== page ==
By Emma Forsyth


Delivered as a gift to the audience, Black Swan’s Production of York is the narrative that we need to be telling and listening to more. Set on Ballardong Nyoongar country, in an abandoned hospital in the township of York, expect to travel through historical periods and cultures to uncover both the past we know, and a concealed, less forgiving past. Written by Ian Michael and Chris Isaacs and directed by Clare Watson and Ian Wilkes, this is a production that has been two years in the making. 

Prepare to be horrified, to laugh until your sides are aching, and to be moved to tears. This blend of comedy and horror spreads itself across four different eras: 2020, 1985, 1919, and 1830. As we are entrenched further and further into the past, so is our knowledge of the truth gradually awakened. Be prepared to uncover the buried histories that have been built over and omitted in our accounts of our country’s heritage, and even in our school syllabuses. Many times, Australian history has been painted as a lifeless and depthless account of a colonised nation. York rips this image to shreds, revealing a past that is brimming with vitality, life, and injustices that we must continue to acknowledge and transmit – so that our narrative may be fixed to represent the truth and only the truth.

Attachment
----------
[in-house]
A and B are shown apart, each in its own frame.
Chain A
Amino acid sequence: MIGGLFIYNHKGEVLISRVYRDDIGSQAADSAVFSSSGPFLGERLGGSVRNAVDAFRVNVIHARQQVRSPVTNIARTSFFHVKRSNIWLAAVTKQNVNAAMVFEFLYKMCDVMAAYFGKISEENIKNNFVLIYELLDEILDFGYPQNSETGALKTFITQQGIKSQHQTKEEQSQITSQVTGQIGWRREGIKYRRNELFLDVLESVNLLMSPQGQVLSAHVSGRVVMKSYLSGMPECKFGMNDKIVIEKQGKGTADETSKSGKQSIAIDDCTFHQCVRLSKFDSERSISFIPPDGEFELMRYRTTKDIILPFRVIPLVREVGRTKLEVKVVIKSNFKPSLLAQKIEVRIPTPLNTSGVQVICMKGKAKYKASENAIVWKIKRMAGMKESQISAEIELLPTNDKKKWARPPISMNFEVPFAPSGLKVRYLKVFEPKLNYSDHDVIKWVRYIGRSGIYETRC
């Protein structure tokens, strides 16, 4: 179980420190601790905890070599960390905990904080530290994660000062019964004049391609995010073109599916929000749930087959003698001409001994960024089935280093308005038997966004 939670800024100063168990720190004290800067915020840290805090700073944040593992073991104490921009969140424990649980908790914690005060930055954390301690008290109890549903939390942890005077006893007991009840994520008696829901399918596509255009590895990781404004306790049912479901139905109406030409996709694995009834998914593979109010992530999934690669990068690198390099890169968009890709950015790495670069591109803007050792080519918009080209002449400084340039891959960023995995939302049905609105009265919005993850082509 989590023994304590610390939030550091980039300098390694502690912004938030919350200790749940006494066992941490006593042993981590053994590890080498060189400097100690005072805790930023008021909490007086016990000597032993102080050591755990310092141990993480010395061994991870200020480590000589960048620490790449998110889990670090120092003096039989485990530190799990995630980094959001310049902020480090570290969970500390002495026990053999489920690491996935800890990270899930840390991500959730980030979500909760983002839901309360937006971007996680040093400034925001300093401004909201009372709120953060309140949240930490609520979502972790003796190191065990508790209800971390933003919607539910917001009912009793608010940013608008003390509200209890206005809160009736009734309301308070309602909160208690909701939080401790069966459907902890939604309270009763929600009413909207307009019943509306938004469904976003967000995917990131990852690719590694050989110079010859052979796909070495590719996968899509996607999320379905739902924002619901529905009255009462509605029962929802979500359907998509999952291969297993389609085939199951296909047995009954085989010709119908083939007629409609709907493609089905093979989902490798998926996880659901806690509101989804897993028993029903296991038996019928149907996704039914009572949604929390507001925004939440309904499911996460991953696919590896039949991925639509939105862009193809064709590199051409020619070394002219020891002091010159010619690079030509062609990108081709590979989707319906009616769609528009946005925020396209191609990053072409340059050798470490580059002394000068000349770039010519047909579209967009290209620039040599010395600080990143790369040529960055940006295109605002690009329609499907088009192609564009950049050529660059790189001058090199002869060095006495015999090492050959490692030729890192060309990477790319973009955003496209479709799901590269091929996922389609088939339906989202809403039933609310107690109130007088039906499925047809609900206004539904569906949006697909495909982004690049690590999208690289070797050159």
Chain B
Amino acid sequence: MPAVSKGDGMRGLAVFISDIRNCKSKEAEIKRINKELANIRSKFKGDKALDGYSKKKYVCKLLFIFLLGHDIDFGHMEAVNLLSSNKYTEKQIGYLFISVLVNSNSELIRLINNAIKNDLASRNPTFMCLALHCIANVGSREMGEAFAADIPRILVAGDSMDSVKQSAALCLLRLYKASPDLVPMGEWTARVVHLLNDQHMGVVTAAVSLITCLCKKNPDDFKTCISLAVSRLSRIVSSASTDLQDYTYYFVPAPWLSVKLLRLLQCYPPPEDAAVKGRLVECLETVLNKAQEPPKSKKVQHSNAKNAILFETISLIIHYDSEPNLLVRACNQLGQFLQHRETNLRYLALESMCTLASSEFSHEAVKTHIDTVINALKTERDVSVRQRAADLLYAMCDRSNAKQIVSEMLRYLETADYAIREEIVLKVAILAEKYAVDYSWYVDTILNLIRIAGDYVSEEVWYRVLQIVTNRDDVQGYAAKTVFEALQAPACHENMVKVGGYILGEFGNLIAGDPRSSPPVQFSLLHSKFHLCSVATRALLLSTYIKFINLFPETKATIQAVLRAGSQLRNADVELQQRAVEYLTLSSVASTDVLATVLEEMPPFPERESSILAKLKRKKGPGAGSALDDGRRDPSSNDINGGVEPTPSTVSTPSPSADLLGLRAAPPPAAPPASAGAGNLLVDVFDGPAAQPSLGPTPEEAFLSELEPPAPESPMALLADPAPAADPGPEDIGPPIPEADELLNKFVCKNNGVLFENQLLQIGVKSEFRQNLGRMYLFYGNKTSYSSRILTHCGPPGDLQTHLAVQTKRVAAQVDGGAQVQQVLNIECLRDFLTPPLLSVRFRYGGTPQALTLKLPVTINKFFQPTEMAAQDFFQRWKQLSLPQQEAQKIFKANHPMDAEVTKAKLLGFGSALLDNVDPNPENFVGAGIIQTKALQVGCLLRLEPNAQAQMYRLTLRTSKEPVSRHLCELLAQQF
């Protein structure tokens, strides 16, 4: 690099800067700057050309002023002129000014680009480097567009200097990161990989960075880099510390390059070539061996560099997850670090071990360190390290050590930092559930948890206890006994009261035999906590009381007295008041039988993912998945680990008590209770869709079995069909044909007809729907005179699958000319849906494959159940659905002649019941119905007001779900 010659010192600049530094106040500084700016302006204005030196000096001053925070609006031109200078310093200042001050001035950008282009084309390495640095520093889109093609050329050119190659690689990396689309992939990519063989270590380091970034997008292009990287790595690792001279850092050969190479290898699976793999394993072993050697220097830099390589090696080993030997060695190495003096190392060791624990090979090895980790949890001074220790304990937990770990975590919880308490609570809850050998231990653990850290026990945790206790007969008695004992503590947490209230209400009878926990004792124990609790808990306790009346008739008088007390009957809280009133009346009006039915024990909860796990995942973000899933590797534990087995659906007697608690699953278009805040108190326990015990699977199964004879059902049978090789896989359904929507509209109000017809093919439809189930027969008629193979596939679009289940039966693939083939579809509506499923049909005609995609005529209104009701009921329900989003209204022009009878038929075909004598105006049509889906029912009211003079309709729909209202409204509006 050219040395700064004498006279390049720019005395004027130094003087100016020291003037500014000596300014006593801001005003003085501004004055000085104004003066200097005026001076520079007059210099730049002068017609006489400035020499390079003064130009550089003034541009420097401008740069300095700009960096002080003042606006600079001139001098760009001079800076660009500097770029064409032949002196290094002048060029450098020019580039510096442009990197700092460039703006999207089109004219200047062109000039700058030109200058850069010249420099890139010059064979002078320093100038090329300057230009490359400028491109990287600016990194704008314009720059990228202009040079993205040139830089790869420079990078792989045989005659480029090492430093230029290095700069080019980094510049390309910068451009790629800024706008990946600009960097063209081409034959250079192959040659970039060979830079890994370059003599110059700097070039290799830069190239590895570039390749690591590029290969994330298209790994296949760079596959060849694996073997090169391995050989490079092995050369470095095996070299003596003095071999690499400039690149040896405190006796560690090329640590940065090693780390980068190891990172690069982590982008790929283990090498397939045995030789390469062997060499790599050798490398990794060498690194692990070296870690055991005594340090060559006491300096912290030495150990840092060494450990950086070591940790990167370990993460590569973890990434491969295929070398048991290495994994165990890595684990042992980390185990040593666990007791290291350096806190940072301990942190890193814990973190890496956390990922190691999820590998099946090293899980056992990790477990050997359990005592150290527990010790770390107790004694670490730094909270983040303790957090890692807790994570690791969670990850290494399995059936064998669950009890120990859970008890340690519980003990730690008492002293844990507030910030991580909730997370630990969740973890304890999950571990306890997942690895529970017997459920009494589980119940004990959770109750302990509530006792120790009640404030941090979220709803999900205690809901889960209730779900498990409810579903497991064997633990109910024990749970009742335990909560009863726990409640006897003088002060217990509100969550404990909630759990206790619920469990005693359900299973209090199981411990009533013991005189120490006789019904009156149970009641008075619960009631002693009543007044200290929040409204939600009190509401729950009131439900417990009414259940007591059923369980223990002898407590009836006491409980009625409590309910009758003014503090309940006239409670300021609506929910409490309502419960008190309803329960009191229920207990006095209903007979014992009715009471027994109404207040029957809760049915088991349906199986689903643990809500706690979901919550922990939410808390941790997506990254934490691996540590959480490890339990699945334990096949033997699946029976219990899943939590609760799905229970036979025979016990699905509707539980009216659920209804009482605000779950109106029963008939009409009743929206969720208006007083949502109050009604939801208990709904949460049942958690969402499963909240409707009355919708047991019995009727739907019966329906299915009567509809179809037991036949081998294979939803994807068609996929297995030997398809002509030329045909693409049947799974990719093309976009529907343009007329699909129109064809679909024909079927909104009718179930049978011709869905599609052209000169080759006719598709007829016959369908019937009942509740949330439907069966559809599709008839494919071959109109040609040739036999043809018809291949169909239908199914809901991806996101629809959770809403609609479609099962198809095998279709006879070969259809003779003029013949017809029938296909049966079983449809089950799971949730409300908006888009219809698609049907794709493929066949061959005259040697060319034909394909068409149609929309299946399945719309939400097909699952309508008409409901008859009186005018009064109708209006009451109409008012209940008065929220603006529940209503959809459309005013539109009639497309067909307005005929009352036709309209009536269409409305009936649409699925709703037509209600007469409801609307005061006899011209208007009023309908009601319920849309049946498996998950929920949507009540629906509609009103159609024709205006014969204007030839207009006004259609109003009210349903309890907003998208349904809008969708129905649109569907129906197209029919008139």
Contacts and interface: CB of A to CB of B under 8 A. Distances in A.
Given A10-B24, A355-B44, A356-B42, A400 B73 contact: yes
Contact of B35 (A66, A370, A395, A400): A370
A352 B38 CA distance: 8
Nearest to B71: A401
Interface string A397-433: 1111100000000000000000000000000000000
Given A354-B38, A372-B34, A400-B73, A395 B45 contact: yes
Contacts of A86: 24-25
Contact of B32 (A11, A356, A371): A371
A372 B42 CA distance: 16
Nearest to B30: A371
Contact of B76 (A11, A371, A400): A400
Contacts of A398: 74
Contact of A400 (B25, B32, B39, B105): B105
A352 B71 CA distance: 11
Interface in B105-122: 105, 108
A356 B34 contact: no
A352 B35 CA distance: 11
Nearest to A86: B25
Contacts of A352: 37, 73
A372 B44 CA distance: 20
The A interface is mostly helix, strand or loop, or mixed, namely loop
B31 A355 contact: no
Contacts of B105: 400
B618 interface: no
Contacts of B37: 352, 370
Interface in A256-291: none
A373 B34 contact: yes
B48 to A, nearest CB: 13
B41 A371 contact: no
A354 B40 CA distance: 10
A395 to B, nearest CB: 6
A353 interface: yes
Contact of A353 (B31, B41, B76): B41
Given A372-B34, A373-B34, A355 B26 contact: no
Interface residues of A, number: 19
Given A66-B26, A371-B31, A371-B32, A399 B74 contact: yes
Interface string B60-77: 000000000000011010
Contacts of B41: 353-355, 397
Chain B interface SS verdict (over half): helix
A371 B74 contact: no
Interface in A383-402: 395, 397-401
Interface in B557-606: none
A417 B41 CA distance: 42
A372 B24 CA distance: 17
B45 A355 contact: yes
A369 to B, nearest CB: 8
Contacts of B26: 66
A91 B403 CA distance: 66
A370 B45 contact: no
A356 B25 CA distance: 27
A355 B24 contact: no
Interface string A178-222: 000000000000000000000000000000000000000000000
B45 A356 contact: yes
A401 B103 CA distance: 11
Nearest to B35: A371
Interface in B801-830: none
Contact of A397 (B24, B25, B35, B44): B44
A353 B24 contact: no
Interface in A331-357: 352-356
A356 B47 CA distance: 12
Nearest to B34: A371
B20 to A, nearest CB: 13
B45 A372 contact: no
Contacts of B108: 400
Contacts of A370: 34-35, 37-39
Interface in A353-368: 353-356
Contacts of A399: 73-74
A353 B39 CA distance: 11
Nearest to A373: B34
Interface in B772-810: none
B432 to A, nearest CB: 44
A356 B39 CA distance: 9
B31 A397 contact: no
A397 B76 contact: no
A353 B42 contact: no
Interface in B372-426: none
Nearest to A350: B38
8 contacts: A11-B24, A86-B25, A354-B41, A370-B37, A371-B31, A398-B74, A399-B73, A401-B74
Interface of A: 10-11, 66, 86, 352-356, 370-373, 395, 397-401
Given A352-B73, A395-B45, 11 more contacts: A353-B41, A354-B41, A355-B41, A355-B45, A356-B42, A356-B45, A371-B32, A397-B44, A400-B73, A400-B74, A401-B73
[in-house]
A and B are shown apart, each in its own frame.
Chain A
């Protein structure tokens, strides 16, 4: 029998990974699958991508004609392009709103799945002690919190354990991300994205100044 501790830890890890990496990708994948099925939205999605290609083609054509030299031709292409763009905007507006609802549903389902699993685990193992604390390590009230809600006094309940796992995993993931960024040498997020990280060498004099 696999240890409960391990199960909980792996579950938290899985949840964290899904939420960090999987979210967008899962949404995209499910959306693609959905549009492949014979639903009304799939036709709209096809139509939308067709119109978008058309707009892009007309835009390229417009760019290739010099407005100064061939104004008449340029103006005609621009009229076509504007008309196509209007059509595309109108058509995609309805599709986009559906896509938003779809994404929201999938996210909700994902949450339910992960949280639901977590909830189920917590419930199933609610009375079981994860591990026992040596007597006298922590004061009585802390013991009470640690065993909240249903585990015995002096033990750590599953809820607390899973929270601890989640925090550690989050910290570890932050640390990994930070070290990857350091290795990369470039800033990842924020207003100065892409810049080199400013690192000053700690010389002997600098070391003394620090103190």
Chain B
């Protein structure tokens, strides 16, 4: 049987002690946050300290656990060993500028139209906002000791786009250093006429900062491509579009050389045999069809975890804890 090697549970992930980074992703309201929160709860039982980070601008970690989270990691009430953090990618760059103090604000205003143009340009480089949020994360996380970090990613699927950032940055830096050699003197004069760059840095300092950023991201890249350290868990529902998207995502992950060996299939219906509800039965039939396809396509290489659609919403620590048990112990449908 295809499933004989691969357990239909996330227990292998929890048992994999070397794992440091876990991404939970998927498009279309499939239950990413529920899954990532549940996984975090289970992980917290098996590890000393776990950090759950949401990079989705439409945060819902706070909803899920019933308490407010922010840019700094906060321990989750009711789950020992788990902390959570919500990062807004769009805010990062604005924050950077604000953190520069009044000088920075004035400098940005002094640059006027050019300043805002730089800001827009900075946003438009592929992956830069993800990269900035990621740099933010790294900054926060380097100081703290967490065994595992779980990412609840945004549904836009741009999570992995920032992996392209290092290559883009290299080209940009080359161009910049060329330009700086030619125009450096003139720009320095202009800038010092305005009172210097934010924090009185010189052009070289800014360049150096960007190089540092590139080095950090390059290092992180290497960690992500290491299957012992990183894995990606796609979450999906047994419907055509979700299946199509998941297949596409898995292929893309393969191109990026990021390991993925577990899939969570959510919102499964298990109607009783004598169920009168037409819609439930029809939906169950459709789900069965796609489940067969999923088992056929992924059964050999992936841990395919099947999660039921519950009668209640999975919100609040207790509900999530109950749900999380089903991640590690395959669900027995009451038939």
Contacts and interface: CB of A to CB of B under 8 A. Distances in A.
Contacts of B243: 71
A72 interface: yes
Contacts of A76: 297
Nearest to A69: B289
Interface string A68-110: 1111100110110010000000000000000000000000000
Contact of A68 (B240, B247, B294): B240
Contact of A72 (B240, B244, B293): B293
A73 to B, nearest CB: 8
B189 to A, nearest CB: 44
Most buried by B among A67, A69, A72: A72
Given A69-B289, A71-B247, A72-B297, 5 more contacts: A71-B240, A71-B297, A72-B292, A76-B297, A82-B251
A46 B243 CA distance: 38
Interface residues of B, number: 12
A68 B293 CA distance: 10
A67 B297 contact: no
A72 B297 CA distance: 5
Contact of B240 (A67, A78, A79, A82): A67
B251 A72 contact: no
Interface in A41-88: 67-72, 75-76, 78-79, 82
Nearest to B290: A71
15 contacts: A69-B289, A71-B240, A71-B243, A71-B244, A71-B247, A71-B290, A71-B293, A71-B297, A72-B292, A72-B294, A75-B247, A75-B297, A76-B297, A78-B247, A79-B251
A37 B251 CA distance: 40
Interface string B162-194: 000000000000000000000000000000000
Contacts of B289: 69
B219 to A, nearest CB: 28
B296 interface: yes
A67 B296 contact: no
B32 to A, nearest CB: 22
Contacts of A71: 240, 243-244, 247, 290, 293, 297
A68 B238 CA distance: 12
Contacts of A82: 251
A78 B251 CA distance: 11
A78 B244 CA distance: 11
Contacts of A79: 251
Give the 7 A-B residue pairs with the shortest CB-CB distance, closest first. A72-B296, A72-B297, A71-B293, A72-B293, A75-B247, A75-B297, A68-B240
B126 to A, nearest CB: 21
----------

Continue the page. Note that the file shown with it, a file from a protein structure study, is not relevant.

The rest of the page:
The element of comedy will liven your spirits. Expect clichéd statements, Australian stereotypes, pop culture references and maybe even an element of Ghostbusters! The horror is brilliantly executed, so much so you feel as if there really is a ghost (or few) in the room. All we can say is maybe keep the lights on in your kitchen after you’ve seen this play. 

All of the actors are quite clearly born entertainers and storytellers. The potent performances were a standout, as were the looming silent figures. The play sheds light skilfully on the ongoing issue of denying the violence of colonisation that needs to be addressed more rigorously. A must-see show (we hope it’s back next year!) 

The show is a fresh, bold concept that deserves our full attention for its entertaining originality. 

Black Swan Theatre’s Season is quite clearly unmissable and worth keeping an eye on! 

Five Pelicans out of five!


Image courtesy of Black Swan State Theatre Company.

By Pelican Magazine

Pelican Magazine acknowledges the Whadjuk Noongar people as the Traditional Custodians of the land – Whadjuk Boodja – on which we live, write, and work. We pay our respects to Elders past and present. _____________________________________________________________________________ Pelican is the second-oldest student publication in Australia and the only independent paper at UWA. If you like having opinions, writing, drawing, and/or free tickets to local events, then Pelican is the place for you! We print SIX themed issues a year, and run a stream of online content. Get involved here: Email your 2023 Editors (Angela Aris and Holly Carter-Turner) here: [email protected] Where to find us: Upstairs in Guild Village. Address: M300, 35 Stirling Highway, Crawley 6009 WA _____________________________________________________________________________ Pelican Magazine of the UWA Student Guild & The University of Western Australia.

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